I think the difference between ANNA and LOLA was that I could identify with Anna’s experience – Lola’s was slightly more distancing for me. But I loved every minute of reading this, and all I can say is bring on the third book, Isla and the Happily Ever After.

This was one of my favourite books of 2011.  Stephanie Perkins’ books are amongst the best that the YA romance genre offers, IMO.

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Dead Run (Dangerous Ground #4)Dead Run by Josh Lanyon (m/m romance)

My rating: 4 of 5 stars

Adrien English will always be my all-time favourite Josh Lanyon series, but I have to say Dangerous Ground is rapidly making up ground on the AE books. I am dying to see where this series is going – or rather, when and how Will and Taylor get their HEA.

The Paris setting intruded slightly (a bit of a travelogue at times?), but the characters were beautifully drawn and leapt off the page. It’s sort of painful because Will and Taylor are fumbling around in their still new-ish relationship and hurting each other, sometimes on purpose but more often than not by accident. You just want to shake them at times. Possibly Will more than Taylor. But you know, I’ve a feeling the final pay-off will be worth it. <spoiler – highlight to read>I’m a sucker for the amnesia trope and I loved how this was played out in DEAD RUN. </spoiler>

I just want more.

Ah, the angst.  I love Will and Taylor.

Links of Interest

I nearly missed a typo and the post title was almost Kinks of Interest – which may have attracted more attention admittedly.  LINKS to items that have caught my attention recently:

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Courtney Milan put up a post about royalties received from her self-published v. traditionally published novellas so far – fascinating reading.  Ebooks have completely changed the publishing landscape from where it was a few years ago.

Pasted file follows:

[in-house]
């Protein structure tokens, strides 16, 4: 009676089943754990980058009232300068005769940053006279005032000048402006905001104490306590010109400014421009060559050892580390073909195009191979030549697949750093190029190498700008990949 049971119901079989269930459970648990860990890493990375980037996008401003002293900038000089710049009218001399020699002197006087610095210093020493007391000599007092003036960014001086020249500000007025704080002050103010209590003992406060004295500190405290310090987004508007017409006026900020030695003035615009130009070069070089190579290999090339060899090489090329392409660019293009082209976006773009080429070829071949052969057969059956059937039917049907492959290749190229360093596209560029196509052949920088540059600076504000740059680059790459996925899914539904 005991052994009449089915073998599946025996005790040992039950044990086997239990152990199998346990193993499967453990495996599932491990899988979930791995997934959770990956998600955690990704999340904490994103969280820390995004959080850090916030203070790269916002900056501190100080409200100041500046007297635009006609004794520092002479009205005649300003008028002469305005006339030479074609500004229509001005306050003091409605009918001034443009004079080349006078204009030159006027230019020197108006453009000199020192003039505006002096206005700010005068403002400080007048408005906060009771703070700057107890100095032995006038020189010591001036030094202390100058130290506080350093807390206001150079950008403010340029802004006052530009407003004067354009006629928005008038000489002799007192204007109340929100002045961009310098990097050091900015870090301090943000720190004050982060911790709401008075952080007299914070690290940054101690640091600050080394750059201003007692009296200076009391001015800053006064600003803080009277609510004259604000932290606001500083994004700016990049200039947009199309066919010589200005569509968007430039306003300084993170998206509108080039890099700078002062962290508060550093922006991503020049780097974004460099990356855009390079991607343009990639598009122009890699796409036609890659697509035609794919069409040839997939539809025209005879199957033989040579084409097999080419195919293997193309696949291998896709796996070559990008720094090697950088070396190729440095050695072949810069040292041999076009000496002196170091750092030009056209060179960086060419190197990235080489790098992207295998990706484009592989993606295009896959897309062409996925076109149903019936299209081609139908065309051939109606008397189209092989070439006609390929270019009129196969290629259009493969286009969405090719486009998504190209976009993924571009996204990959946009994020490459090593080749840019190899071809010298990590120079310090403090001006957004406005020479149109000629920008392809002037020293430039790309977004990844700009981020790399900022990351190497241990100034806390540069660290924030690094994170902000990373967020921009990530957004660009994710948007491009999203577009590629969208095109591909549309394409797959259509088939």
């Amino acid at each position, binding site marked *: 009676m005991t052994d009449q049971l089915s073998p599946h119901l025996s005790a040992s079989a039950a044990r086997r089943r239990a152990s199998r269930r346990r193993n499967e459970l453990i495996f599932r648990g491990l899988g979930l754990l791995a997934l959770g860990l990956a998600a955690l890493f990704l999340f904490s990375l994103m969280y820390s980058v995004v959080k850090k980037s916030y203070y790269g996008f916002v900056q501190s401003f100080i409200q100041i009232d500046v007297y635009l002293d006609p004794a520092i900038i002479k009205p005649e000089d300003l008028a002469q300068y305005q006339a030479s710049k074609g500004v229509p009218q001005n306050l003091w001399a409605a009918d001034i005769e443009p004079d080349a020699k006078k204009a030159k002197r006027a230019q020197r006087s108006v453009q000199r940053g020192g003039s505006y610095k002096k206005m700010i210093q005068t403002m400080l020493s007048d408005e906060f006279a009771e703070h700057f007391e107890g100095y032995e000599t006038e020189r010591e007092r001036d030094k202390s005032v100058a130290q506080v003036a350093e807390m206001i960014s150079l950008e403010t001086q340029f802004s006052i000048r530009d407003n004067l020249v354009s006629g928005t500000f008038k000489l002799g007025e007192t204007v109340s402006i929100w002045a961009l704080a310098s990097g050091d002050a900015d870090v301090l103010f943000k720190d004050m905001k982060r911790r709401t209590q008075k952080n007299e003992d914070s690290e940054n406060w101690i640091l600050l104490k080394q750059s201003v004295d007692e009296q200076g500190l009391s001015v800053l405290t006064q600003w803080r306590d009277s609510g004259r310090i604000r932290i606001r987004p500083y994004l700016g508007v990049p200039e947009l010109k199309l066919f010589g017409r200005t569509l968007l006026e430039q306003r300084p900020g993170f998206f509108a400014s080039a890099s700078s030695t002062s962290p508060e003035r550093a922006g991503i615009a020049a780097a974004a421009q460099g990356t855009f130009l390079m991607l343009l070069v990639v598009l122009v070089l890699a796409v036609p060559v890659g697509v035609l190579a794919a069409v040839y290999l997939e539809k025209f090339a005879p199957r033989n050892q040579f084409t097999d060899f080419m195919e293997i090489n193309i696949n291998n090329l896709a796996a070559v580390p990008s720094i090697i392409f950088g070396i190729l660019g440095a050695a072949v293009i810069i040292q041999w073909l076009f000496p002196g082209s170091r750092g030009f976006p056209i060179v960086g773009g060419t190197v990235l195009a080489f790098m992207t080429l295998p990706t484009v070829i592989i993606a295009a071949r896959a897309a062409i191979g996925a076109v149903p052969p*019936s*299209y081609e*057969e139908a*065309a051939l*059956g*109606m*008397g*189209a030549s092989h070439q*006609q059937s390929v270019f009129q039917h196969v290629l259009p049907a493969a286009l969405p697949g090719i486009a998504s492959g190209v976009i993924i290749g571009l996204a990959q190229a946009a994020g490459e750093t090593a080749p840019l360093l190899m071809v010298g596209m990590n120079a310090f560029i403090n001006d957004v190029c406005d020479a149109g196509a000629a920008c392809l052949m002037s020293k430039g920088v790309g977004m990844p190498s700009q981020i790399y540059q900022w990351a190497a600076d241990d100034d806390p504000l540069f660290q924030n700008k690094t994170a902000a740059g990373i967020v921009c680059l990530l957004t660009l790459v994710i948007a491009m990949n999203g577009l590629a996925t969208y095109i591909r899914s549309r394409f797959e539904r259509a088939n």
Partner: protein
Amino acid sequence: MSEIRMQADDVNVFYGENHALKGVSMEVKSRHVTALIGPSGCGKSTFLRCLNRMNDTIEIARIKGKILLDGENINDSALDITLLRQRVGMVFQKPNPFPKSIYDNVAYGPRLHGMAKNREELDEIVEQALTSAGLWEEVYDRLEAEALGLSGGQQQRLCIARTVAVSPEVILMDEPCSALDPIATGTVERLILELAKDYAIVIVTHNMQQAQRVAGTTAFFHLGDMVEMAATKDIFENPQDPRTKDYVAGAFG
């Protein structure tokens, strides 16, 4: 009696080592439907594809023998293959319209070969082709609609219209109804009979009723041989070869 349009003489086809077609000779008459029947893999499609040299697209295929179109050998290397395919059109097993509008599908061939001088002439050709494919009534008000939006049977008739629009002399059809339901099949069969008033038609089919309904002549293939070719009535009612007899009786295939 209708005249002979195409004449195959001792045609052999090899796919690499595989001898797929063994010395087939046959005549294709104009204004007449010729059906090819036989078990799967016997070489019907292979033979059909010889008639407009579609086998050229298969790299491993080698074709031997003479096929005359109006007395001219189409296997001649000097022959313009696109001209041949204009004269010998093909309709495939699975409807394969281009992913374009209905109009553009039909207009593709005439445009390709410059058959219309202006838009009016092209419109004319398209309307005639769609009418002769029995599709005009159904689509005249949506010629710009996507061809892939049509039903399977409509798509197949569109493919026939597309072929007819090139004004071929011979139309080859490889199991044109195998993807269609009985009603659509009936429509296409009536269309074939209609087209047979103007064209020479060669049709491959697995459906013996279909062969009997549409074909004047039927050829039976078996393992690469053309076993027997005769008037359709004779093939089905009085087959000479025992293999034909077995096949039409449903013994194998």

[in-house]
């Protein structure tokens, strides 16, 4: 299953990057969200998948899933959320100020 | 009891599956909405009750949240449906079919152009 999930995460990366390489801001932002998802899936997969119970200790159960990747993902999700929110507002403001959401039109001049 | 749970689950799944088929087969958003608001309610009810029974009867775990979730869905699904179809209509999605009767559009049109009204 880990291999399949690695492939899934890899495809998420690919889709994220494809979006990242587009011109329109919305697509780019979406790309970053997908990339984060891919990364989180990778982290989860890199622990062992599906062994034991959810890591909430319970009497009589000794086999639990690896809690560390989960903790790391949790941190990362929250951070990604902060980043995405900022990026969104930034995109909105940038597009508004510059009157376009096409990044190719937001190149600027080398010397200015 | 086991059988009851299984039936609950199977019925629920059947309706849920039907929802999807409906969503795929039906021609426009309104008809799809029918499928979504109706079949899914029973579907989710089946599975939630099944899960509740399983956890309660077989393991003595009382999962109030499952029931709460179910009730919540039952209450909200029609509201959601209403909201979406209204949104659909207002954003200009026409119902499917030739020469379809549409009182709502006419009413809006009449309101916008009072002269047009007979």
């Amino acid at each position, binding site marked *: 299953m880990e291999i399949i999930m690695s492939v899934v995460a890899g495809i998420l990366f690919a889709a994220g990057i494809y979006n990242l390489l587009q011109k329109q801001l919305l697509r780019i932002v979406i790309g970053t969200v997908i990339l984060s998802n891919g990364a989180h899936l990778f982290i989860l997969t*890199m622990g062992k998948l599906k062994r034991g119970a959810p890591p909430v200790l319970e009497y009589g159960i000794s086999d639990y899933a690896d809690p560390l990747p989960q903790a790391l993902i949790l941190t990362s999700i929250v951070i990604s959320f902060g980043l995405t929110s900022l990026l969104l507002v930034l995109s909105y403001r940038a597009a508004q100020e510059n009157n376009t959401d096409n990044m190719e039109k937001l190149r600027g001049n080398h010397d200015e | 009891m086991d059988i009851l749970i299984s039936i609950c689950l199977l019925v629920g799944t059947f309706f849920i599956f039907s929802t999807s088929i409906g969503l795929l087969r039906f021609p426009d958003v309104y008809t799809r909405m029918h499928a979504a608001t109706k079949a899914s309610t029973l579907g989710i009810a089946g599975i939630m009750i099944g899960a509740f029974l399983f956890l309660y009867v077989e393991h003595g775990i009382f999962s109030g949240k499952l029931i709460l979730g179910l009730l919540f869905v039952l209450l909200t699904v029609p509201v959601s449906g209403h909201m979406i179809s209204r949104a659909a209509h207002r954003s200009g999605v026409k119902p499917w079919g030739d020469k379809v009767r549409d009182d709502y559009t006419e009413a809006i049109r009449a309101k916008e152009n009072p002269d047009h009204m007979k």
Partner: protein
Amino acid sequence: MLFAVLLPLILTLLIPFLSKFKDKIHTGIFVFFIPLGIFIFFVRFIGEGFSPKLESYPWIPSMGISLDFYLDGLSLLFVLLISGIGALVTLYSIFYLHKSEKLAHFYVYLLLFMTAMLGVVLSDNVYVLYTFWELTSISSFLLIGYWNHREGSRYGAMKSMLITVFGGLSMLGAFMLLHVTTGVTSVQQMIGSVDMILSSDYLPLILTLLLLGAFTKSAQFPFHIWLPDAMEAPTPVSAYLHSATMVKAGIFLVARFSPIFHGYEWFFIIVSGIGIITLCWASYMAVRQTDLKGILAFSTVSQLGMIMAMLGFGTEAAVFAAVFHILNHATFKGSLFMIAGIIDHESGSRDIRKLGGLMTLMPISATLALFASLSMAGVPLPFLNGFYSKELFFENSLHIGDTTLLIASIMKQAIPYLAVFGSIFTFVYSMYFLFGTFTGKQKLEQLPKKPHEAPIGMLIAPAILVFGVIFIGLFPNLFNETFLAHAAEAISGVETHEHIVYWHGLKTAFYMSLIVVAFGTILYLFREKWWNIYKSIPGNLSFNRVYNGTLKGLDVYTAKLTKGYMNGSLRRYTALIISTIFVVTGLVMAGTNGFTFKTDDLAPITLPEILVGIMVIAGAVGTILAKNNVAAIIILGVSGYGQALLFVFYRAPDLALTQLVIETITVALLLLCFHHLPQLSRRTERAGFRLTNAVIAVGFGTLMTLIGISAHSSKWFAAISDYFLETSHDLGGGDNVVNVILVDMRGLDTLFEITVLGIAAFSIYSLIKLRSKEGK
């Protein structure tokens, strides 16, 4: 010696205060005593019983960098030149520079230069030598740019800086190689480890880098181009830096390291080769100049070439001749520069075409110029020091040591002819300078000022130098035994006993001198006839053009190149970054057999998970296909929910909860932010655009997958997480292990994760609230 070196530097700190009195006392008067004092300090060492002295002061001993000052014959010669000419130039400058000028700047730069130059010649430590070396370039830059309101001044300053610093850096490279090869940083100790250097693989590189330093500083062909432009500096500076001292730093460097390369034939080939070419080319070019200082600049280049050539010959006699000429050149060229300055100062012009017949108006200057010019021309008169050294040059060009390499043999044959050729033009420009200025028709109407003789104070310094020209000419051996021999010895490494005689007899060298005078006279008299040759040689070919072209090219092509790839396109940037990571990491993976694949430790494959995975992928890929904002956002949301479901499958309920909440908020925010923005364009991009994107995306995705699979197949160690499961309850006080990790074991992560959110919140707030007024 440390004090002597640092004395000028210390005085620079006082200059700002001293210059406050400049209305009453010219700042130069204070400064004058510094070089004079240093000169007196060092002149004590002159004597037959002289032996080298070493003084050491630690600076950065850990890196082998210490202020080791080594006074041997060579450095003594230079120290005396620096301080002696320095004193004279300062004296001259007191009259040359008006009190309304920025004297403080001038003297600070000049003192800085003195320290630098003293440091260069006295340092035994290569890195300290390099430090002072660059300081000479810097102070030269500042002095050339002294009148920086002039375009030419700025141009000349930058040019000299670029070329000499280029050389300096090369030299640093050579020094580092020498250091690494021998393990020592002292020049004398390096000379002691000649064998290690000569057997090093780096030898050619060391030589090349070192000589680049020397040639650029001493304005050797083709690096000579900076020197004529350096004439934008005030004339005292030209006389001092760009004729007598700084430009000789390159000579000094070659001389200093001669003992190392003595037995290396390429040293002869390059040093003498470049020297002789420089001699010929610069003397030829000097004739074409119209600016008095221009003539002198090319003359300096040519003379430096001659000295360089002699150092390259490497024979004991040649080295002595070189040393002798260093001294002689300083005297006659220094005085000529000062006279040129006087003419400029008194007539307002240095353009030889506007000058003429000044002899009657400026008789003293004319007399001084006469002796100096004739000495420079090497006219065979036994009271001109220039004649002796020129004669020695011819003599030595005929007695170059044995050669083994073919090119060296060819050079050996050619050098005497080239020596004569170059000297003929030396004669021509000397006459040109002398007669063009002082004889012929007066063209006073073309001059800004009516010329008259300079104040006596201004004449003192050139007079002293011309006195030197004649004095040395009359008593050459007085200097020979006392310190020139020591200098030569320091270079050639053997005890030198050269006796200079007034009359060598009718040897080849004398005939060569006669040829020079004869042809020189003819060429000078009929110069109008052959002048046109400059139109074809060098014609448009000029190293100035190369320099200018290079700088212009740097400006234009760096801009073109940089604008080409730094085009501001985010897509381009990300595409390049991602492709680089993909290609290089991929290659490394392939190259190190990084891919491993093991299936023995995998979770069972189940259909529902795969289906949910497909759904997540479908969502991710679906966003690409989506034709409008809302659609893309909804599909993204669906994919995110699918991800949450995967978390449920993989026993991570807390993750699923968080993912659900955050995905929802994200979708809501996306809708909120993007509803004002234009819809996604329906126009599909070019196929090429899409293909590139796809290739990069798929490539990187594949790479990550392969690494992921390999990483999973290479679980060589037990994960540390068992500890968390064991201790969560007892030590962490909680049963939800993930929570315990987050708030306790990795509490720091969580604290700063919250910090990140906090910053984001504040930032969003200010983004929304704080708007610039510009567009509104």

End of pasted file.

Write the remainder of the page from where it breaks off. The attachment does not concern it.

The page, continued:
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Congratulations to Mary Jo Putney on her marriage – I loved her wedding post and pictures @ Word Wenches.

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Kristin Cashore answers some BITTERBLUE questions on her blog – be warned as there are spoilers about GRACELING, but I definitely appreciate the thought she put into the answers.

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John Scalzi puts up a thought-provoking post about straight white males and umm… privilege – having just read (and loved) Ernest Cline‘s READY PLAYER ONE, it was an interesting (and timely to me) analogy he chose to use (and comments are worth reading too).

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Sourcebooks’ Discover a New Love is doing a cover vote for the re-release of Patricia Rice‘s MUST BE MAGIC historical romance – both options based on very different concepts.  I’m not massively keen on either (the elements in the non-traditional option don’t feel cohesive enough, while the more period version is on the boring side), but if pushed, would probably go for the second.

Speaking of Discover a New Love, has anyone signed up for their monthly subscription package?  I was briefly tempted, but not all their books would be available to international readers, and I wasn’t sure if the more limited selection would work for me.

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Meljean Brook has had a website redesign and is giving away ten copies of THE IRON DUKE (UK edition) to celebrate (and for feedback on the new website) – I read this earlier in the year and was completely caught up in the world she created.

She’s also put up the UK cover for the third book, RIVETED, which is out later this year – I love.  I’m really pleased these books are being released in the UK as well.